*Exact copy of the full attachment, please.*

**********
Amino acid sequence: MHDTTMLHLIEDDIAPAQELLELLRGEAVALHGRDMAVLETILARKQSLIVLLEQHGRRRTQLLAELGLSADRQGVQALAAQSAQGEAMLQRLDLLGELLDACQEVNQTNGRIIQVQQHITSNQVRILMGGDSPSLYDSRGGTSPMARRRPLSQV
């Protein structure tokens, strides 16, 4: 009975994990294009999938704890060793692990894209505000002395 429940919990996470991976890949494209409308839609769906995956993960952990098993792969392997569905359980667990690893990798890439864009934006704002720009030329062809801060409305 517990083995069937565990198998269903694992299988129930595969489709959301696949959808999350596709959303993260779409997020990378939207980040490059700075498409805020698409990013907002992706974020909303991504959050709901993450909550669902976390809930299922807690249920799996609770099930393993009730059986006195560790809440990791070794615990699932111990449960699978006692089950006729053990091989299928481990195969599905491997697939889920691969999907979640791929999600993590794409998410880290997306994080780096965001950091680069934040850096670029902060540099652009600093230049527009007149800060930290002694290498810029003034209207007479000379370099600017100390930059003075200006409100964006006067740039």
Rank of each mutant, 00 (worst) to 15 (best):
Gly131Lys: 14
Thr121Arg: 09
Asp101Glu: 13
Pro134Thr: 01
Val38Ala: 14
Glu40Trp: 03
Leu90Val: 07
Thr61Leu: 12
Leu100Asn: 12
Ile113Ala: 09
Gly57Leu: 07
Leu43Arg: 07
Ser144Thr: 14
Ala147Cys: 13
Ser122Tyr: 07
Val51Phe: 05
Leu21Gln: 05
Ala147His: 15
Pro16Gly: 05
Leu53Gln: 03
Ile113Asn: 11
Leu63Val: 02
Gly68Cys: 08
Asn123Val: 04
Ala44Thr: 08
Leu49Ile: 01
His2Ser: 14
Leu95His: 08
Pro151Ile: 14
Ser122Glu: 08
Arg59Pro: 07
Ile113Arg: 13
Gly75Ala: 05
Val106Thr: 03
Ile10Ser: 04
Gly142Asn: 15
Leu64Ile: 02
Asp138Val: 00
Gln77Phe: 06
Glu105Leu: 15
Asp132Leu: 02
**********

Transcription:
Amino acid sequence: MHDTTMLHLIEDDIAPAQELLELLRGEAVALHGRDMAVLETILARKQSLIVLLEQHGRRRTQLLAELGLSADRQGVQALAAQSAQGEAMLQRLDLLGELLDACQEVNQTNGRIIQVQQHITSNQVRILMGGDSPSLYDSRGGTSPMARRRPLSQV
């Protein structure tokens, strides 16, 4: 009975994990294009999938704890060793692990894209505000002395 429940919990996470991976890949494209409308839609769906995956993960952990098993792969392997569905359980667990690893990798890439864009934006704002720009030329062809801060409305 517990083995069937565990198998269903694992299988129930595969489709959301696949959808999350596709959303993260779409997020990378939207980040490059700075498409805020698409990013907002992706974020909303991504959050709901993450909550669902976390809930299922807690249920799996609770099930393993009730059986006195560790809440990791070794615990699932111990449960699978006692089950006729053990091989299928481990195969599905491997697939889920691969999907979640791929999600993590794409998410880290997306994080780096965001950091680069934040850096670029902060540099652009600093230049527009007149800060930290002694290498810029003034209207007479000379370099600017100390930059003075200006409100964006006067740039």
Rank of each mutant, 00 (worst) to 15 (best):
Gly131Lys: 14
Thr121Arg: 09
Asp101Glu: 13
Pro134Thr: 01
Val38Ala: 14
Glu40Trp: 03
Leu90Val: 07
Thr61Leu: 12
Leu100Asn: 12
Ile113Ala: 09
Gly57Leu: 07
Leu43Arg: 07
Ser144Thr: 14
Ala147Cys: 13
Ser122Tyr: 07
Val51Phe: 05
Leu21Gln: 05
Ala147His: 15
Pro16Gly: 05
Leu53Gln: 03
Ile113Asn: 11
Leu63Val: 02
Gly68Cys: 08
Asn123Val: 04
Ala44Thr: 08
Leu49Ile: 01
His2Ser: 14
Leu95His: 08
Pro151Ile: 14
Ser122Glu: 08
Arg59Pro: 07
Ile113Arg: 13
Gly75Ala: 05
Val106Thr: 03
Ile10Ser: 04
Gly142Asn: 15
Leu64Ile: 02
Asp138Val: 00
Gln77Phe: 06
Glu105Leu: 15
Asp132Leu: 02